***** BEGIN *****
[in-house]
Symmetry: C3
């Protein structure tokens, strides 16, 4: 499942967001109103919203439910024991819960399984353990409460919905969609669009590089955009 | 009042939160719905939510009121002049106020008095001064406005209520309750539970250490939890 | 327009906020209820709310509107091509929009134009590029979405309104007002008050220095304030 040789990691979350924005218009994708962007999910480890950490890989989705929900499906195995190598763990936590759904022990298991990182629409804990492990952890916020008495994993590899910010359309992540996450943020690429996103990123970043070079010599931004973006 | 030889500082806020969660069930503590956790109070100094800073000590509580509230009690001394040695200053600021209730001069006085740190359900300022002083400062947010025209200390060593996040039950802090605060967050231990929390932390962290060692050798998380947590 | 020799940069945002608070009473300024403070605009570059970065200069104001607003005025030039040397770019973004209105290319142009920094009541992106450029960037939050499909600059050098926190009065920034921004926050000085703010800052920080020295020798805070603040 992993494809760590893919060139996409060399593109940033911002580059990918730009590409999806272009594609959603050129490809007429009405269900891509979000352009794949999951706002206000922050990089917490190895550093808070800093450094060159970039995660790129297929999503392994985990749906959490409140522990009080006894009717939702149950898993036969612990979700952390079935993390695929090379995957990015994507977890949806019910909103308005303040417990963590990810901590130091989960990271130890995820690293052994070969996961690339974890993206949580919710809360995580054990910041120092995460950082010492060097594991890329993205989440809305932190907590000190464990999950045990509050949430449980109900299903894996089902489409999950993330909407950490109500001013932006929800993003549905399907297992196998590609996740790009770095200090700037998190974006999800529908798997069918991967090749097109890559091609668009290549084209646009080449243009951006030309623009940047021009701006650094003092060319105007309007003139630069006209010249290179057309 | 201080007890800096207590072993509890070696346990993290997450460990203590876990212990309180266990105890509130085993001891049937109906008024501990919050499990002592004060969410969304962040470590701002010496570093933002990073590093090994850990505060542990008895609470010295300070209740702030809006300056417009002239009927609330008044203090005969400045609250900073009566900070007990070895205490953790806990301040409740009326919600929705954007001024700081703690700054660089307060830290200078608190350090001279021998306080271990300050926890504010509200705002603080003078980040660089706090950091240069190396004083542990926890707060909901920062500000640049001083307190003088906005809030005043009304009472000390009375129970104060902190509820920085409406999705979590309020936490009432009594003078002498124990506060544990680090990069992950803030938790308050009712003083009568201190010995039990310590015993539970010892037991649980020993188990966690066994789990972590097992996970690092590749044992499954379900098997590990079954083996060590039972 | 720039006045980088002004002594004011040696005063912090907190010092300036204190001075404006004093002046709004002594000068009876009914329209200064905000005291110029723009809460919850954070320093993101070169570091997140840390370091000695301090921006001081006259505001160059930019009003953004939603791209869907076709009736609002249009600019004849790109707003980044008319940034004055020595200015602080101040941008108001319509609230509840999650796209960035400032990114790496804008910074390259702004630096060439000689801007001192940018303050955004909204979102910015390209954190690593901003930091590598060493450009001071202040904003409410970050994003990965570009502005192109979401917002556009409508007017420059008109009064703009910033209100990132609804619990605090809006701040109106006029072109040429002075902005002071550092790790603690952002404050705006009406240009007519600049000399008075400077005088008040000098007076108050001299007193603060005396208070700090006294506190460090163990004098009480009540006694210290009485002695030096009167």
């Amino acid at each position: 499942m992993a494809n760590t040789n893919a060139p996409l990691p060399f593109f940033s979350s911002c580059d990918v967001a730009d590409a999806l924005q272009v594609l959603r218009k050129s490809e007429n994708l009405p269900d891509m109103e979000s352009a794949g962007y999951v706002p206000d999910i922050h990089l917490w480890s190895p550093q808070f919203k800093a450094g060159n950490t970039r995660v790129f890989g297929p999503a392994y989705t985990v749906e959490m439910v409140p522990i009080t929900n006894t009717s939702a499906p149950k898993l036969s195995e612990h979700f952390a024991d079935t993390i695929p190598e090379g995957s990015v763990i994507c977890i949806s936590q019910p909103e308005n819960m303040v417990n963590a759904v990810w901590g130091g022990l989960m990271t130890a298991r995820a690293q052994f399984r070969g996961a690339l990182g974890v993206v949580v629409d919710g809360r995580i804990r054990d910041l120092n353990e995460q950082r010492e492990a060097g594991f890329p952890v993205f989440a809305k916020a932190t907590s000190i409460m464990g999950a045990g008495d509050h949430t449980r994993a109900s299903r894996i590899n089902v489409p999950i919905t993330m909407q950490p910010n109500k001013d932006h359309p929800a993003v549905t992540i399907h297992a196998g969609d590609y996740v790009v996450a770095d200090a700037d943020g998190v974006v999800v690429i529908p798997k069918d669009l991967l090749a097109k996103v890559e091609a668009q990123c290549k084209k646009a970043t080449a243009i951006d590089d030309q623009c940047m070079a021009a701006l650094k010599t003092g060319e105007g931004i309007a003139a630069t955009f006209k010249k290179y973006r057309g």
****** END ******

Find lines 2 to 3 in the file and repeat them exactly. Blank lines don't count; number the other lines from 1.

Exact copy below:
Symmetry: C3
């Protein structure tokens, strides 16, 4: 499942967001109103919203439910024991819960399984353990409460919905969609669009590089955009 | 009042939160719905939510009121002049106020008095001064406005209520309750539970250490939890 | 327009906020209820709310509107091509929009134009590029979405309104007002008050220095304030 040789990691979350924005218009994708962007999910480890950490890989989705929900499906195995190598763990936590759904022990298991990182629409804990492990952890916020008495994993590899910010359309992540996450943020690429996103990123970043070079010599931004973006 | 030889500082806020969660069930503590956790109070100094800073000590509580509230009690001394040695200053600021209730001069006085740190359900300022002083400062947010025209200390060593996040039950802090605060967050231990929390932390962290060692050798998380947590 | 020799940069945002608070009473300024403070605009570059970065200069104001607003005025030039040397770019973004209105290319142009920094009541992106450029960037939050499909600059050098926190009065920034921004926050000085703010800052920080020295020798805070603040 992993494809760590893919060139996409060399593109940033911002580059990918730009590409999806272009594609959603050129490809007429009405269900891509979000352009794949999951706002206000922050990089917490190895550093808070800093450094060159970039995660790129297929999503392994985990749906959490409140522990009080006894009717939702149950898993036969612990979700952390079935993390695929090379995957990015994507977890949806019910909103308005303040417990963590990810901590130091989960990271130890995820690293052994070969996961690339974890993206949580919710809360995580054990910041120092995460950082010492060097594991890329993205989440809305932190907590000190464990999950045990509050949430449980109900299903894996089902489409999950993330909407950490109500001013932006929800993003549905399907297992196998590609996740790009770095200090700037998190974006999800529908798997069918991967090749097109890559091609668009290549084209646009080449243009951006030309623009940047021009701006650094003092060319105007309007003139630069006209010249290179057309 | 201080007890800096207590072993509890070696346990993290997450460990203590876990212990309180266990105890509130085993001891049937109906008024501990919050499990002592004060969410969304962040470590701002010496570093933002990073590093090994850990505060542990008895609470010295300070209740702030809006300056417009002239009927609330008044203090005969400045609250900073009566900070007990070895205490953790806990301040409740009326919600929705954007001024700081703690700054660089307060830290200078608190350090001279021998306080271990300050926890504010509200705002603080003078980040660089706090950091240069190396004083542990926890707060909901920062500000640049001083307190003088906005809030005043009304009472000390009375129970104060902190509820920085409406999705979590309020936490009432009594003078002498124990506060544990680090990069992950803030938790308050009712003083009568201190010995039990310590015993539970010892037991649980020993188990966690066994789990972590097992996970690092590749044992499954379900098997590990079954083996060590039972 | 720039006045980088002004002594004011040696005063912090907190010092300036204190001075404006004093002046709004002594000068009876009914329209200064905000005291110029723009809460919850954070320093993101070169570091997140840390370091000695301090921006001081006259505001160059930019009003953004939603791209869907076709009736609002249009600019004849790109707003980044008319940034004055020595200015602080101040941008108001319509609230509840999650796209960035400032990114790496804008910074390259702004630096060439000689801007001192940018303050955004909204979102910015390209954190690593901003930091590598060493450009001071202040904003409410970050994003990965570009502005192109979401917002556009409508007017420059008109009064703009910033209100990132609804619990605090809006701040109106006029072109040429002075902005002071550092790790603690952002404050705006009406240009007519600049000399008075400077005088008040000098007076108050001299007193603060005396208070700090006294506190460090163990004098009480009540006694210290009485002695030096009167």